re: 15. We were on that same lesson. As the GD teacher, I completely abandoned it in favor of an Easter lesson. I announced at the beginning of class that,notwithstanding what the lesson manual said, on Easter we should have an Easter lesson and the same goes for Christmas. I also apologized to those who prepared for the JS lesson (both of them) and proceeded with an Easter lesson, complete with the Elder Holland Easter video clip via YouTube. (After a member reminded me President Monson allegedly said to avoid the internet during GC last week.) fwiw, there was a member of our stake presidency there and he pulled me aside afterwards and said he enjoyed the class. (My guess is he hadn’t prepared for the JS lesson either.)
As to the OP, in my experience Pioneer Day gets way more attention than is warranted and is at least equal to or more than Easter in emphasis. I think we LDS just outsource Easter celebration to the rest of the Christian world and ride their Easter coattails. At times that leaves our Easter observance almost perfunctory. But a good, tragic pioneer story or the retelling of the injustices visited upon Mormon pioneers really gets the congregation going.
rbc, when I taught GD I regularly did the same thing you did. I would preempt the normal curriculum for special Easter and Christmas lessons. I never, ever received a complaint for doing this, but I usually received a lot of heartfelt thanks.
When I told the Young Men’s President that I was dropping the regular YM’s lesson yesterday in favor of an Easter lesson, his response made me think that he almost *expected* it. Which was kinda refreshing.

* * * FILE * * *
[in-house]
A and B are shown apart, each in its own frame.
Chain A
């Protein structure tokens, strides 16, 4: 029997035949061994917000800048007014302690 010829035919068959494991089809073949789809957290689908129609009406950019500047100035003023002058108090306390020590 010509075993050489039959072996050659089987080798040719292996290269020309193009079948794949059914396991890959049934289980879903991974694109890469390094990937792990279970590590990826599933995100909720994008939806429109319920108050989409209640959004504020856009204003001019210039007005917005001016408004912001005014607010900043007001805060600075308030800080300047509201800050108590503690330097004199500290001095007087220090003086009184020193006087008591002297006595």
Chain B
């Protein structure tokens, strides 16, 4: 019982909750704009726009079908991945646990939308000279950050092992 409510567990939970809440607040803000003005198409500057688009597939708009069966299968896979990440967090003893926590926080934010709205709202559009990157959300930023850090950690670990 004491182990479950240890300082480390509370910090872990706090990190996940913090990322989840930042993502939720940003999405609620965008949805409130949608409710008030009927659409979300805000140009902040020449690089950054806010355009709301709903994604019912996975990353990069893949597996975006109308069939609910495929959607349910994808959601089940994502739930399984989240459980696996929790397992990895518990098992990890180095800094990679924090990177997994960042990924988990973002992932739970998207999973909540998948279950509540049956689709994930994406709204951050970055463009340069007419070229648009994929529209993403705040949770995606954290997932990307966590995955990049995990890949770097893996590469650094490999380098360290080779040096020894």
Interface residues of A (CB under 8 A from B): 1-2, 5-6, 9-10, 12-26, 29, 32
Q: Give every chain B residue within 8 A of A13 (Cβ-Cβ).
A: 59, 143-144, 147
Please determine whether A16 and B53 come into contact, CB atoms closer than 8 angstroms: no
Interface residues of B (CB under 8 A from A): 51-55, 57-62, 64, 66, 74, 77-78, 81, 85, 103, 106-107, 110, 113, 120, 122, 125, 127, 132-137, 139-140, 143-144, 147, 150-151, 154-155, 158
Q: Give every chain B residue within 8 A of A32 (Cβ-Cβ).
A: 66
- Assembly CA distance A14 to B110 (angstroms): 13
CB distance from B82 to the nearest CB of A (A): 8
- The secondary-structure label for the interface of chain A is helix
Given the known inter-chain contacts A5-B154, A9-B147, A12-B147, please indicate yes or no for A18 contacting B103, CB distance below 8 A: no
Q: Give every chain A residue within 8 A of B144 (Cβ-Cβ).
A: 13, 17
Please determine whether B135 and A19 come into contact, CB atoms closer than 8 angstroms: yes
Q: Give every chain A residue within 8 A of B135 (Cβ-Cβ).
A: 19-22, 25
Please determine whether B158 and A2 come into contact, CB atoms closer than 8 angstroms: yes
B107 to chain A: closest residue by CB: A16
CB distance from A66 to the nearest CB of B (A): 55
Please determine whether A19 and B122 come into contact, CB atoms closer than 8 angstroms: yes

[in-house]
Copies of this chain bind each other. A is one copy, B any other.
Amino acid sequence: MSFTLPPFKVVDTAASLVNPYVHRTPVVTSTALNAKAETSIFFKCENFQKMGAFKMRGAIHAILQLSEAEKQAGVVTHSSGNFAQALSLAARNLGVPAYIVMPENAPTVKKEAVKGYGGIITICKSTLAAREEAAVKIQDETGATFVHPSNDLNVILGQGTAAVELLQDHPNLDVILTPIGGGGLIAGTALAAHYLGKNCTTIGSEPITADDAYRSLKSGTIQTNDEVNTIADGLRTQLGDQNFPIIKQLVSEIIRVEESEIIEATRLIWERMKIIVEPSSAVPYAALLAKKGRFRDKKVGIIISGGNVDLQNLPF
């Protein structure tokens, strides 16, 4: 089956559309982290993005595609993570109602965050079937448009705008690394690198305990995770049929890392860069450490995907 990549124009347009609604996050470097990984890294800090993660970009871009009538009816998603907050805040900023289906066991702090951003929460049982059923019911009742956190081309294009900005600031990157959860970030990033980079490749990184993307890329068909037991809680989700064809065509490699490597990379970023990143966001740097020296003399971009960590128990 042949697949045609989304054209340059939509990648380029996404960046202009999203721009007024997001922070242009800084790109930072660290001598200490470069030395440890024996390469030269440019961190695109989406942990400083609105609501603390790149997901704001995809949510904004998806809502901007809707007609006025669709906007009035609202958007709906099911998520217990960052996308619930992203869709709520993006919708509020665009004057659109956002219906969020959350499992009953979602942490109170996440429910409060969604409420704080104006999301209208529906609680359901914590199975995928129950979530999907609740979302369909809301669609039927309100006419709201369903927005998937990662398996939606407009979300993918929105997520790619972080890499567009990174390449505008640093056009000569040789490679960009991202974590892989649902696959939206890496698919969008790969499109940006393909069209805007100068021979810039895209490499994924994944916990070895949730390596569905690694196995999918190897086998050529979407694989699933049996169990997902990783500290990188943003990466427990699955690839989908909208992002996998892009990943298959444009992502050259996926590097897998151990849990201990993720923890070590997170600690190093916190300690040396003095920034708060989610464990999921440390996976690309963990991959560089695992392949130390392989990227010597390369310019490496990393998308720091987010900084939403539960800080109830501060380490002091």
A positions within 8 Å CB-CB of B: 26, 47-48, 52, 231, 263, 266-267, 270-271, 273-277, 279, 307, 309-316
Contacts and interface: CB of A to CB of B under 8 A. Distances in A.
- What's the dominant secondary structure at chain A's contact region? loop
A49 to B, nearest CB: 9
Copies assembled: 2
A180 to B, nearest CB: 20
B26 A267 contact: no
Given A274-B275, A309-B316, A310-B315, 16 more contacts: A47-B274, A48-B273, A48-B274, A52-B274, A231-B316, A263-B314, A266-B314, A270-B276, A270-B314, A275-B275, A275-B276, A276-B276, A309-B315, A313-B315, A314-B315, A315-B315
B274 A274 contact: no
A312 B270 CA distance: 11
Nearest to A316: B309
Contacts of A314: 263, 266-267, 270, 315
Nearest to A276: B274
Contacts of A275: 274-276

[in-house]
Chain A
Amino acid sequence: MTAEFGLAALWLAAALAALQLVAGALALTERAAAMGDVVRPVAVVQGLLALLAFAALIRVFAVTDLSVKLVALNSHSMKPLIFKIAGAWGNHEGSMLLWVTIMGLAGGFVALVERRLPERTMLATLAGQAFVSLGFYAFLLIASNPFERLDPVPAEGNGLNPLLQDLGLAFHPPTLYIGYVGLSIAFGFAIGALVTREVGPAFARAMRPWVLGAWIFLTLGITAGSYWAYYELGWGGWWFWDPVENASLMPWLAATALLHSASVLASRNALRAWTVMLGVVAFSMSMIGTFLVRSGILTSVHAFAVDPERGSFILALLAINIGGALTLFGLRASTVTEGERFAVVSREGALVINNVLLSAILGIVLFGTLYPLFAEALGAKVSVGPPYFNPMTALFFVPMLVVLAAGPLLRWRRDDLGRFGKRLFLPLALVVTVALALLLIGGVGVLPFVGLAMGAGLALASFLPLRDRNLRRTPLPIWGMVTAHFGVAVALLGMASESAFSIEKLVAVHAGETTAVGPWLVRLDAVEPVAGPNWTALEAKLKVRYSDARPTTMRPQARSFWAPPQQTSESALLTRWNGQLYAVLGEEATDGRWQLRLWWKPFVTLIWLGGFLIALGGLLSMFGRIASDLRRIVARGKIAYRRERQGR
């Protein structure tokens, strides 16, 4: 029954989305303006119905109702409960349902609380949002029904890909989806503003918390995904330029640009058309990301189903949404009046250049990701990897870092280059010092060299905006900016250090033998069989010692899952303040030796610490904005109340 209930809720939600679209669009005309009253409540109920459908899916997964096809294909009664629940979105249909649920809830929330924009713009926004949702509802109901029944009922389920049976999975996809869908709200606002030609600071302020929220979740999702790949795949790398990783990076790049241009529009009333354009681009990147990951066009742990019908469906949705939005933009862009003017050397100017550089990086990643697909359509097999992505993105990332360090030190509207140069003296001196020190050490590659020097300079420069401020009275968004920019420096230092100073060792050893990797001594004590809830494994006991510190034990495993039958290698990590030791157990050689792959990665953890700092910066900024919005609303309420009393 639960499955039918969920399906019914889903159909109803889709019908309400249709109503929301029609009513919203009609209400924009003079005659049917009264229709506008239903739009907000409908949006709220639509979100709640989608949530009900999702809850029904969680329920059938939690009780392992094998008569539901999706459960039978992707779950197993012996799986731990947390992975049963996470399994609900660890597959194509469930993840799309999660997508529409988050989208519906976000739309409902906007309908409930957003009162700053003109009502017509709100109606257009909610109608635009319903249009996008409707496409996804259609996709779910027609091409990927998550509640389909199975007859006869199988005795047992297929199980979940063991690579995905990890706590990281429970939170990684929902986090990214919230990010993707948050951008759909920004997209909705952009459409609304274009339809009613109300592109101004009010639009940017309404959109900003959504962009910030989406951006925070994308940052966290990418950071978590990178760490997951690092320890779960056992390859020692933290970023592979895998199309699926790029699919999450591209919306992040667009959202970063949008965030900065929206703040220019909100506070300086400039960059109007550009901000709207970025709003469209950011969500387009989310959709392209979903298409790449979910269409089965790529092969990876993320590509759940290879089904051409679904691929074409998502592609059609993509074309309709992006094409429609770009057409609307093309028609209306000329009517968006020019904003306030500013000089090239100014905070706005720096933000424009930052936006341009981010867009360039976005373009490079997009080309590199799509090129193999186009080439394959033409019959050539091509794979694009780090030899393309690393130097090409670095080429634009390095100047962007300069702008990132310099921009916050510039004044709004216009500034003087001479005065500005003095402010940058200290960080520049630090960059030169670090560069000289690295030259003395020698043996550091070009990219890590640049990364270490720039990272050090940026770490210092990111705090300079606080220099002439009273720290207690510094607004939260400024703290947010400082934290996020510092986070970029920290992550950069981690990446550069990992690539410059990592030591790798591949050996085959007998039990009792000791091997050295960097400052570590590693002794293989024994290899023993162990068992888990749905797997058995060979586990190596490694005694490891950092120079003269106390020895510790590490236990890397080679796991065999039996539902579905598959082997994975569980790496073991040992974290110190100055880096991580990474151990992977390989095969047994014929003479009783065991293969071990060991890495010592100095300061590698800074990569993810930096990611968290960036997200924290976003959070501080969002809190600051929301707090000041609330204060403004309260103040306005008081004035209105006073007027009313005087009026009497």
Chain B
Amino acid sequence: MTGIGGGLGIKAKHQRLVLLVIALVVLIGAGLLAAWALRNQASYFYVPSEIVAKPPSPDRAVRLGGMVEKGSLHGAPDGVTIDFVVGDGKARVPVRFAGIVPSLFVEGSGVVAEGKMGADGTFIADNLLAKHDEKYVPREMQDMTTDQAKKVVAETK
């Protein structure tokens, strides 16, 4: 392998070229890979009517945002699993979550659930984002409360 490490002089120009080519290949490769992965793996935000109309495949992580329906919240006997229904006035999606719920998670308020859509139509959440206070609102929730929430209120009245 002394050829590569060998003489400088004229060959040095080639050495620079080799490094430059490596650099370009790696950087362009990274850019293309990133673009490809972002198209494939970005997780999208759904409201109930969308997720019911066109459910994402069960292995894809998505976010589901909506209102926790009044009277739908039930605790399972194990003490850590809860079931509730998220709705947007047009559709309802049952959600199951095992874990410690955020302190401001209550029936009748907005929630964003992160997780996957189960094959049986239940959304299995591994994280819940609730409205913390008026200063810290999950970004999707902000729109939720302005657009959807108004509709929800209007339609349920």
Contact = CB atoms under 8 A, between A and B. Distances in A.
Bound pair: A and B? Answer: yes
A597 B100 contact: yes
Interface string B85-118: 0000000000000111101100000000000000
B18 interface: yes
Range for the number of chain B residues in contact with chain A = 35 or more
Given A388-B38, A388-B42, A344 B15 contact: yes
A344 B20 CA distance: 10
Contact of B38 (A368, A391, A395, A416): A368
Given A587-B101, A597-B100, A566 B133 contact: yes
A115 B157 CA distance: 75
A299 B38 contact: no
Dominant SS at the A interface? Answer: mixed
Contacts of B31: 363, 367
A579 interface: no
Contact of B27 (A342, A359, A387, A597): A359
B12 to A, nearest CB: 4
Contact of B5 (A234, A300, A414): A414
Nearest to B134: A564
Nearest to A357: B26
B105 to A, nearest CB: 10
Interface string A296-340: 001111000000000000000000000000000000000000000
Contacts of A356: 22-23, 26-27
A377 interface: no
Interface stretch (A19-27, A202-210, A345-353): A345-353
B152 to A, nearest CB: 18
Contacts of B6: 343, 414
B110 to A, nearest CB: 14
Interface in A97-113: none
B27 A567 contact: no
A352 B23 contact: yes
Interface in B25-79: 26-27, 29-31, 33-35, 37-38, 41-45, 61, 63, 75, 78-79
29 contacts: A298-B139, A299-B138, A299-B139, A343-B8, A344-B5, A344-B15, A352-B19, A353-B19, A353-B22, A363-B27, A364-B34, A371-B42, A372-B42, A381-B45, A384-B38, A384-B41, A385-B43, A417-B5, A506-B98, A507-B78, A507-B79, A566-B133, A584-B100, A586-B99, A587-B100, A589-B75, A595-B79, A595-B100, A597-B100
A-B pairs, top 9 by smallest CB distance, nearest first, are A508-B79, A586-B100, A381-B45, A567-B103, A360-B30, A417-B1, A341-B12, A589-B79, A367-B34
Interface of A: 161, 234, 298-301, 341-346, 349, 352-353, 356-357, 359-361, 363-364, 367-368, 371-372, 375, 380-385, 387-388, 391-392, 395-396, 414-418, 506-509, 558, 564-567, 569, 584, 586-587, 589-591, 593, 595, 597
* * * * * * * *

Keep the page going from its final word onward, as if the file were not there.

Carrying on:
I live in a town of about 5,000 people in Alaska. Every July, we celebrate “Progress Days.” IT was instituted by a former mayor who was LDS, who is also now a former Stake President.
Easter gets some love, but should get a lot more. We had a nice program yesterday with 3 choir numbers, and two speakers, including The Parable of the Ketchup Bottle.
Pioneer day gets a spanking. You should run this again in mid-July and see if the results differ.
You should run this poll like EPSN’s polls, where you show the breakdown of results by geographic area. $10 says that in Utah, PD is #1.
In my last stake (in Pittsburgh), they do a big Good Friday concert every year that draws a large crowd of members, friends, and the larger community. It’s a huge deal with a stake choir that works for months, lots of professional and semi-professional solos and small groups, and guest artists from the community. On pioneer day, they have a primary activity. To me, that seems like about the right balance in terms of extra-Sabbath observance.
Easter really needs a vamp up in Utah. I’d like the Church to try and get more public activities going. It’s kind of depressing seeing how lacksidasical about Easter everyone is here. Especially coming from the east coast where it is pretty huge.
Which one SHOULD be more important? Or which one IS in action? Because they are waaaaaaay different answers!
No ward would ever skip over the pioneer days or the lessons on pioneers. But many (MANY!) a ward glosses over Easter, scheduling ward/stake conferences instead, sticking to correlated lessons that don’t mention Easter, etc… Not all wards, but it’s common enough that it’s embarrassing.
Although my wards have had the occasional talk about pioneers in late July (and sometimes the obligatory Come Come Ye Saints, which is a fine enough hymn that I don’t have a problem with it), I can’t remember a ward where SS or priesthood talked about pioneers in lieu of the correlated lesson. On that count, and in my experience, Easter certainly beats Pioneer Day.
But I didn’t read your last sentence–it is hugely embarrassing where the Church or a ward leaves out Easter. Worse, IMHO, than not mentioning Christmas would be (if that were to happen).